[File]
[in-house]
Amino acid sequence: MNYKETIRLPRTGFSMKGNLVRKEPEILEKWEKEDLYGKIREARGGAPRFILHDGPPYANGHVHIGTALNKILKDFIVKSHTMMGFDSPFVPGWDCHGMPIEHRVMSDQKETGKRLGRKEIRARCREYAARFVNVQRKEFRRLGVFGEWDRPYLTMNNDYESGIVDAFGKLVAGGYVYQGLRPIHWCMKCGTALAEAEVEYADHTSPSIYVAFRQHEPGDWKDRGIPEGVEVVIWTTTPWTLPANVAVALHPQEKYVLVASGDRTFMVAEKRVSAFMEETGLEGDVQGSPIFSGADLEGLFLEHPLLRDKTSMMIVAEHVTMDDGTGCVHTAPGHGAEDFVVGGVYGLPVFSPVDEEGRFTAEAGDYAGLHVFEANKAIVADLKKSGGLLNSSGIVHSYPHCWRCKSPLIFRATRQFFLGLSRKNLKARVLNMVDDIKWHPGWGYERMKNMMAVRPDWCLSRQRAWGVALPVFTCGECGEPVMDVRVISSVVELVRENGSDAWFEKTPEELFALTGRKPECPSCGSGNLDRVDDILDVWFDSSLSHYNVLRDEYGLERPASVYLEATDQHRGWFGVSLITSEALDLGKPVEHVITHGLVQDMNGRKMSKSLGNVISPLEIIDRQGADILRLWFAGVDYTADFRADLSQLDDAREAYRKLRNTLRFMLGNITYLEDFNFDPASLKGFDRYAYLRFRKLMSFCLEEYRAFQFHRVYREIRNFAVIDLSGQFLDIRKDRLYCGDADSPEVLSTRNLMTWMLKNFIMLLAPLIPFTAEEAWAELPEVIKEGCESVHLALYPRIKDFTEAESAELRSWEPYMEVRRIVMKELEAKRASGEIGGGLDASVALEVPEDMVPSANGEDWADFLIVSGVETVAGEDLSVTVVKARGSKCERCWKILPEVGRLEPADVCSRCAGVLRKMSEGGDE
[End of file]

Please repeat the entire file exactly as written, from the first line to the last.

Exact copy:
[in-house]
Amino acid sequence: MNYKETIRLPRTGFSMKGNLVRKEPEILEKWEKEDLYGKIREARGGAPRFILHDGPPYANGHVHIGTALNKILKDFIVKSHTMMGFDSPFVPGWDCHGMPIEHRVMSDQKETGKRLGRKEIRARCREYAARFVNVQRKEFRRLGVFGEWDRPYLTMNNDYESGIVDAFGKLVAGGYVYQGLRPIHWCMKCGTALAEAEVEYADHTSPSIYVAFRQHEPGDWKDRGIPEGVEVVIWTTTPWTLPANVAVALHPQEKYVLVASGDRTFMVAEKRVSAFMEETGLEGDVQGSPIFSGADLEGLFLEHPLLRDKTSMMIVAEHVTMDDGTGCVHTAPGHGAEDFVVGGVYGLPVFSPVDEEGRFTAEAGDYAGLHVFEANKAIVADLKKSGGLLNSSGIVHSYPHCWRCKSPLIFRATRQFFLGLSRKNLKARVLNMVDDIKWHPGWGYERMKNMMAVRPDWCLSRQRAWGVALPVFTCGECGEPVMDVRVISSVVELVRENGSDAWFEKTPEELFALTGRKPECPSCGSGNLDRVDDILDVWFDSSLSHYNVLRDEYGLERPASVYLEATDQHRGWFGVSLITSEALDLGKPVEHVITHGLVQDMNGRKMSKSLGNVISPLEIIDRQGADILRLWFAGVDYTADFRADLSQLDDAREAYRKLRNTLRFMLGNITYLEDFNFDPASLKGFDRYAYLRFRKLMSFCLEEYRAFQFHRVYREIRNFAVIDLSGQFLDIRKDRLYCGDADSPEVLSTRNLMTWMLKNFIMLLAPLIPFTAEEAWAELPEVIKEGCESVHLALYPRIKDFTEAESAELRSWEPYMEVRRIVMKELEAKRASGEIGGGLDASVALEVPEDMVPSANGEDWADFLIVSGVETVAGEDLSVTVVKARGSKCERCWKILPEVGRLEPADVCSRCAGVLRKMSEGGDE